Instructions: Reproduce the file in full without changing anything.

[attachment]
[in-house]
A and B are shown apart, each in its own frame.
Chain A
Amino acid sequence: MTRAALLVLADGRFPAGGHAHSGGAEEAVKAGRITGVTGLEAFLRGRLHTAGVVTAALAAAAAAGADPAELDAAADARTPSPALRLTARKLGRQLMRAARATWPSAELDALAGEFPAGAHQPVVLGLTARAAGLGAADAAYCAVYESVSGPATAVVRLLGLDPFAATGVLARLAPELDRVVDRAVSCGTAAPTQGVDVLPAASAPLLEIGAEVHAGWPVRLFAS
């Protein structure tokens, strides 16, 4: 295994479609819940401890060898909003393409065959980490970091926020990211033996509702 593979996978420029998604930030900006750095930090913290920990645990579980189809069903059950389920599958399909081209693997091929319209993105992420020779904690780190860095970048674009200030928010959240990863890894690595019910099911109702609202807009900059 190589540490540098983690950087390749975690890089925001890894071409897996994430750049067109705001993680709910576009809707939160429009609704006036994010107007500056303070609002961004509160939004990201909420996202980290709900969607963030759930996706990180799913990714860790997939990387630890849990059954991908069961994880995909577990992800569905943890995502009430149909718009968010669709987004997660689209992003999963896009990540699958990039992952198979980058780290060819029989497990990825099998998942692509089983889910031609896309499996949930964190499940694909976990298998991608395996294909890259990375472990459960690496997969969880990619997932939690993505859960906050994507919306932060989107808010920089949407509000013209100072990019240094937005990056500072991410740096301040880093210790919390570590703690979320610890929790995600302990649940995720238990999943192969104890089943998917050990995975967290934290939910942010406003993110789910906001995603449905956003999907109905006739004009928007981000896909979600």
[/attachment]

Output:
[in-house]
A and B are shown apart, each in its own frame.
Chain A
Amino acid sequence: MTRAALLVLADGRFPAGGHAHSGGAEEAVKAGRITGVTGLEAFLRGRLHTAGVVTAALAAAAAAGADPAELDAAADARTPSPALRLTARKLGRQLMRAARATWPSAELDALAGEFPAGAHQPVVLGLTARAAGLGAADAAYCAVYESVSGPATAVVRLLGLDPFAATGVLARLAPELDRVVDRAVSCGTAAPTQGVDVLPAASAPLLEIGAEVHAGWPVRLFAS
């Protein structure tokens, strides 16, 4: 295994479609819940401890060898909003393409065959980490970091926020990211033996509702 593979996978420029998604930030900006750095930090913290920990645990579980189809069903059950389920599958399909081209693997091929319209993105992420020779904690780190860095970048674009200030928010959240990863890894690595019910099911109702609202807009900059 190589540490540098983690950087390749975690890089925001890894071409897996994430750049067109705001993680709910576009809707939160429009609704006036994010107007500056303070609002961004509160939004990201909420996202980290709900969607963030759930996706990180799913990714860790997939990387630890849990059954991908069961994880995909577990992800569905943890995502009430149909718009968010669709987004997660689209992003999963896009990540699958990039992952198979980058780290060819029989497990990825099998998942692509089983889910031609896309499996949930964190499940694909976990298998991608395996294909890259990375472990459960690496997969969880990619997932939690993505859960906050994507919306932060989107808010920089949407509000013209100072990019240094937005990056500072991410740096301040880093210790919390570590703690979320610890929790995600302990649940995720238990999943192969104890089943998917050990995975967290934290939910942010406003993110789910906001995603449905956003999907109905006739004009928007981000896909979600």